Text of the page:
Healthcare in America

The debate around healthcare in the United States often centers around the extent to which the government should aid its people in providing coverage. The left argues that in the wealthiest nation on Earth, there is simply no place for people to be going bankrupt because they get sick – a valid point. The right often counters by bringing up the vast cost of a universal healthcare program -potentially  unaffordable with our 20 trillion dollars in national debt – and an equally valid point.

The issue, therefore, centers not around the fact that the right supports sick people going bankrupt, but instead centers around the expense of healthcare in the United States of America. Healthcare spending is at a whopping 16% of GDP in the United States of America, compared to around 8.9% as the OECD average. And the reason why healthcare is so expensive is due to a number of reasons – but the most important involve pharmaceutical prices, administrative work, and defensive medicine. Once these costs are reduced, a universal healthcare system can be safely implemented.

Pharmaceutical prices in the United States are nothing short of ridiculous. Drug prices in America are 3-4 times higher than those in Europe, and 16 times higher than the world’s cheapest pharmaceutical market – India. The solution to this problem lies in what these other countries are doing. Rather than simply allow every safe drug to be released onto the market, the US government needs to treat drugs as a public utility. This means that the price of drugs would be negotiated by the American government – in this case, an appointed panel of healthcare experts – which would tremendously drive down the cost of prescription drugs. This translates into hundreds of billions of dollars in annual savings.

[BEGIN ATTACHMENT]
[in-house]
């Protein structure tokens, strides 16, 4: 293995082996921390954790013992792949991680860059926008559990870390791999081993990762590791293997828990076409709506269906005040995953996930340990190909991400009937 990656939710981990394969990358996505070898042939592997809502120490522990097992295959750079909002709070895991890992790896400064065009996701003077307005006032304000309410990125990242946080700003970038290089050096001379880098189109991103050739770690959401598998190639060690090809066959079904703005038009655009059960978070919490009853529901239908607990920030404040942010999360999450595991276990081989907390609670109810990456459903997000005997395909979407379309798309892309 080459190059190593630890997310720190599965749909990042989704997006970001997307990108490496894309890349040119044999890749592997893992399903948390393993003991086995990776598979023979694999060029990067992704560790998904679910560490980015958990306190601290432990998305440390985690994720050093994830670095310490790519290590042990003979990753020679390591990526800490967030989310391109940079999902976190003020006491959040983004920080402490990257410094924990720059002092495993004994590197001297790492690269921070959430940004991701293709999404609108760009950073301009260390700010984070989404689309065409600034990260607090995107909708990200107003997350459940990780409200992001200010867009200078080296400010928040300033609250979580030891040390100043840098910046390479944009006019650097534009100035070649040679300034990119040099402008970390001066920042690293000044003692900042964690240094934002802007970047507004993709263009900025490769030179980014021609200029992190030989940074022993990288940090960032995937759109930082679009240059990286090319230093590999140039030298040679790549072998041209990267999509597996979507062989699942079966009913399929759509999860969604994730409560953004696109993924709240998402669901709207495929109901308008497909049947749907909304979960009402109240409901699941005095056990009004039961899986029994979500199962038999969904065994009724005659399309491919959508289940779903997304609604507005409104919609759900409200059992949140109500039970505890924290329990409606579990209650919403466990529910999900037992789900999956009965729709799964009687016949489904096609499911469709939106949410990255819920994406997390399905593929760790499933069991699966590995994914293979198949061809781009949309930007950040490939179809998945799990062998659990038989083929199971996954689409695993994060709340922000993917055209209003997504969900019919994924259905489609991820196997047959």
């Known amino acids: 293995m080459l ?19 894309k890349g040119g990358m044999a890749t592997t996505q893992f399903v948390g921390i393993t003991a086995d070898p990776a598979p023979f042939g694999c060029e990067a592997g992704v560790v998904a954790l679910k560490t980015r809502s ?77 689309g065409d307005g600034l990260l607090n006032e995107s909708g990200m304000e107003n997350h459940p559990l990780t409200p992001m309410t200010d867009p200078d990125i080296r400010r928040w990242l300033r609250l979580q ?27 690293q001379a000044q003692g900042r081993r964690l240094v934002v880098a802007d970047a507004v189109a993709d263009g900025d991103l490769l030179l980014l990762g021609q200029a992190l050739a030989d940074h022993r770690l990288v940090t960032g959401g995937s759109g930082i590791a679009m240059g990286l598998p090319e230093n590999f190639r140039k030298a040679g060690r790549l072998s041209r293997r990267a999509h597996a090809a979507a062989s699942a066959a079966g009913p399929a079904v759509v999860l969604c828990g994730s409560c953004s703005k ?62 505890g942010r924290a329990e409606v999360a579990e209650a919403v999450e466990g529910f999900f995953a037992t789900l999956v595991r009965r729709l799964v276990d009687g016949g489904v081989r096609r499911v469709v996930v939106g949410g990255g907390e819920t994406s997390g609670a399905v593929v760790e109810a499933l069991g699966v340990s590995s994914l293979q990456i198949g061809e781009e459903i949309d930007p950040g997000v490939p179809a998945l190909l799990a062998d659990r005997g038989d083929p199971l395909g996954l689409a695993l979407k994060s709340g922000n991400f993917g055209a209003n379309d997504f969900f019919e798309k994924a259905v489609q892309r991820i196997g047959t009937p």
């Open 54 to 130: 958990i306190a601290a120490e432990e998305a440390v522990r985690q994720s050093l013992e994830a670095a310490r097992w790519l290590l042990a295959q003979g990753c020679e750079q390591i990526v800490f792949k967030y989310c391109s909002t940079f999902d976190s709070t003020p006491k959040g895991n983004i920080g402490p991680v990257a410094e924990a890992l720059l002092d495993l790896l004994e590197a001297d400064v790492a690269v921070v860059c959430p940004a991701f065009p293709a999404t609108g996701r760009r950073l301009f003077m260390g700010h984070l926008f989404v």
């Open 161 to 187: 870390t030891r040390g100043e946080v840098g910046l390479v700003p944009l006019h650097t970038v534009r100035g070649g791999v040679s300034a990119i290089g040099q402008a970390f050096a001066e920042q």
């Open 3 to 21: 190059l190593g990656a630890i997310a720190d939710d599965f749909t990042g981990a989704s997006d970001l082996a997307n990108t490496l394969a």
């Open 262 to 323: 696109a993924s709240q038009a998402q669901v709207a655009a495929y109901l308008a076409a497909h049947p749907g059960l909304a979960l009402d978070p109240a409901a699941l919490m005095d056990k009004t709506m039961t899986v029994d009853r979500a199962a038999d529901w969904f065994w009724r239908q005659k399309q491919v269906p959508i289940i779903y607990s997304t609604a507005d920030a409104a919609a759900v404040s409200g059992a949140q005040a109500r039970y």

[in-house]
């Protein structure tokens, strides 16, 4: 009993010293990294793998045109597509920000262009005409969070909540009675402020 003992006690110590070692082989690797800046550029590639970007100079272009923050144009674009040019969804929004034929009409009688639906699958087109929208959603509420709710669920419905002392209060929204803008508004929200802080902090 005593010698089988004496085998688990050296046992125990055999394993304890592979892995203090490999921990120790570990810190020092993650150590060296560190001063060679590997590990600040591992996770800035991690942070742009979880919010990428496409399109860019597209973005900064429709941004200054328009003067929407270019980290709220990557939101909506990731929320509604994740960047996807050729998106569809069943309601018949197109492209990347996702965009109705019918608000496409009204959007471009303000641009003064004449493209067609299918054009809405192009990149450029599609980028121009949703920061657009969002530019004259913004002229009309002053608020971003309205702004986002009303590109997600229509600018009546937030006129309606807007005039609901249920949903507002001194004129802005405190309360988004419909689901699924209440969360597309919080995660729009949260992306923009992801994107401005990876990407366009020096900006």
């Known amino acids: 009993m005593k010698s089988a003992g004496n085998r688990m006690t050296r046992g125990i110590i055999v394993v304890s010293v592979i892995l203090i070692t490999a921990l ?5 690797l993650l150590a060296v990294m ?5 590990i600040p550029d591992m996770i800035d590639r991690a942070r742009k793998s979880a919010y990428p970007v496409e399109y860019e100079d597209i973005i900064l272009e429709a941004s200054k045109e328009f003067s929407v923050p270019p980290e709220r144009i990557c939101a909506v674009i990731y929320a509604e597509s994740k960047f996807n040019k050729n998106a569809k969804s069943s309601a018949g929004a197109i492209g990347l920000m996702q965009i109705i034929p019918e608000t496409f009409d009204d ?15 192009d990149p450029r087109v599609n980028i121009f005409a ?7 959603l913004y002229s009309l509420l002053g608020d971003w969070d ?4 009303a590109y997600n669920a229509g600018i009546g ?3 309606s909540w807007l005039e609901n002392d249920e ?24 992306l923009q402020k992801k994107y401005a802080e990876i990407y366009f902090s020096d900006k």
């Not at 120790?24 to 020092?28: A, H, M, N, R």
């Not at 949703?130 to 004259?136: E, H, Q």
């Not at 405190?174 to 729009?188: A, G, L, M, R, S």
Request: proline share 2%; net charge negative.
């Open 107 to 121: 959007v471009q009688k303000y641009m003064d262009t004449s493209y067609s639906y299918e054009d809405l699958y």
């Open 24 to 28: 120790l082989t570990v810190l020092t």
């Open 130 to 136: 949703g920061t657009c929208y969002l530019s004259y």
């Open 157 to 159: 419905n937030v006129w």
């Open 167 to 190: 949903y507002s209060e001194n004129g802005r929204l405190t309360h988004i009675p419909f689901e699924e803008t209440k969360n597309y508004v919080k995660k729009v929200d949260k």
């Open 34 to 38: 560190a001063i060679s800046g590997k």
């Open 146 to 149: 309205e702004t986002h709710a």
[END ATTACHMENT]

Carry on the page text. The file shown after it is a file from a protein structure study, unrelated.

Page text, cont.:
Administrative work is also far too high of a cost, especially in the digital age. 25% of healthcare costs involve administrative tasks. The solution is relatively simple – automation. Most jobs that involve processing paperwork can be automated, and algorithms can sort through paperwork much more quickly and accurately than a human being can. Furthermore, under a universal healthcare system, the paperwork required would be drastically reduced. This also translates into hundreds of billions of dollars worth in savings.

Finally, an often ignored factor is the practice of prescribing defensive medicine. This practice essentially describes when a doctor prescribes unnecessary drugs and performs unnecessary tests in order to reduce the risk of being sued for medical malpractice. According to a survey by Jackson Healthcare, 75% of doctors admit to doing this, adding up to a total of anywhere between 46 billion and 650 billion dollars being wastefully spent annually – the number is incredibly difficult to estimate.. The solution lies in eliminating the motivation to practicing defensive medicine – we must prevent doctors from being sued for medical malpractice. In order to properly compensate patients who have suffered from medical malpractice, instead of dragging them through a costly legal process, patients would have a hearing in front of a panel of healthcare experts. They would then be properly compensated in the event that they have indeed suffered from medical malpractice. Compensation money would come from the government – therefore implementing a “no-blame” system and allowing for physicians to be more open about their mistakes, ultimately leading to less mistakes in the future.

Only when these cost-saving measures succeed, can we deem it right to implement a universal healthcare system. Both sides have valid concerns – addressing these concerns and ultimately moving forward with a pragmatic solution will ultimately ensure that in the wealthiest nation in history, every man, woman, and child receives quality healthcare.

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